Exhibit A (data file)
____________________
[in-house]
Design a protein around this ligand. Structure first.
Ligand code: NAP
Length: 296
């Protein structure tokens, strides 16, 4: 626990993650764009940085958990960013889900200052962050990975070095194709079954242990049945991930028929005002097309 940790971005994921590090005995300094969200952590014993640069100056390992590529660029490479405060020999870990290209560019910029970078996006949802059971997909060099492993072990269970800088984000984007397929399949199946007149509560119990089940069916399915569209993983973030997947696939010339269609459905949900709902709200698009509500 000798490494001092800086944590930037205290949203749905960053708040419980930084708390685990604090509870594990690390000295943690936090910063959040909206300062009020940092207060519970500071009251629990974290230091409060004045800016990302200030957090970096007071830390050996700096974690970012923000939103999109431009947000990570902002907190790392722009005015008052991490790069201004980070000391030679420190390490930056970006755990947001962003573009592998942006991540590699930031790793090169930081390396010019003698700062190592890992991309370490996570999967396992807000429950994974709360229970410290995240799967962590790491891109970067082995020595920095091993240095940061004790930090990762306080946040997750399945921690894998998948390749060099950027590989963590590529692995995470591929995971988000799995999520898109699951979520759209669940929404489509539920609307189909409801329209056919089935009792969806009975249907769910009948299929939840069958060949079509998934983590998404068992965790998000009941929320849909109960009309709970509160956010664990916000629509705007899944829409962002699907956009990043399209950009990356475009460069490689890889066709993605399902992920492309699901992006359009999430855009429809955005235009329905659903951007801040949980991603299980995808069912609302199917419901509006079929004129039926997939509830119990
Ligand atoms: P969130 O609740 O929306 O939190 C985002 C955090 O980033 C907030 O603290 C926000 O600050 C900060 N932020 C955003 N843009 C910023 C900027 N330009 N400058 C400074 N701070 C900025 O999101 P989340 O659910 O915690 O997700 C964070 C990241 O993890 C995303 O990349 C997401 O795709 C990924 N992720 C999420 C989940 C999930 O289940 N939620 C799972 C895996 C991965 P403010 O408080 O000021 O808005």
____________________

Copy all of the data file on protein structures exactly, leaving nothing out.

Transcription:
[in-house]
Design a protein around this ligand. Structure first.
Ligand code: NAP
Length: 296
């Protein structure tokens, strides 16, 4: 626990993650764009940085958990960013889900200052962050990975070095194709079954242990049945991930028929005002097309 940790971005994921590090005995300094969200952590014993640069100056390992590529660029490479405060020999870990290209560019910029970078996006949802059971997909060099492993072990269970800088984000984007397929399949199946007149509560119990089940069916399915569209993983973030997947696939010339269609459905949900709902709200698009509500 000798490494001092800086944590930037205290949203749905960053708040419980930084708390685990604090509870594990690390000295943690936090910063959040909206300062009020940092207060519970500071009251629990974290230091409060004045800016990302200030957090970096007071830390050996700096974690970012923000939103999109431009947000990570902002907190790392722009005015008052991490790069201004980070000391030679420190390490930056970006755990947001962003573009592998942006991540590699930031790793090169930081390396010019003698700062190592890992991309370490996570999967396992807000429950994974709360229970410290995240799967962590790491891109970067082995020595920095091993240095940061004790930090990762306080946040997750399945921690894998998948390749060099950027590989963590590529692995995470591929995971988000799995999520898109699951979520759209669940929404489509539920609307189909409801329209056919089935009792969806009975249907769910009948299929939840069958060949079509998934983590998404068992965790998000009941929320849909109960009309709970509160956010664990916000629509705007899944829409962002699907956009990043399209950009990356475009460069490689890889066709993605399902992920492309699901992006359009999430855009429809955005235009329905659903951007801040949980991603299980995808069912609302199917419901509006079929004129039926997939509830119990
Ligand atoms: P969130 O609740 O929306 O939190 C985002 C955090 O980033 C907030 O603290 C926000 O600050 C900060 N932020 C955003 N843009 C910023 C900027 N330009 N400058 C400074 N701070 C900025 O999101 P989340 O659910 O915690 O997700 C964070 C990241 O993890 C995303 O990349 C997401 O795709 C990924 N992720 C999420 C989940 C999930 O289940 N939620 C799972 C895996 C991965 P403010 O408080 O000021 O808005």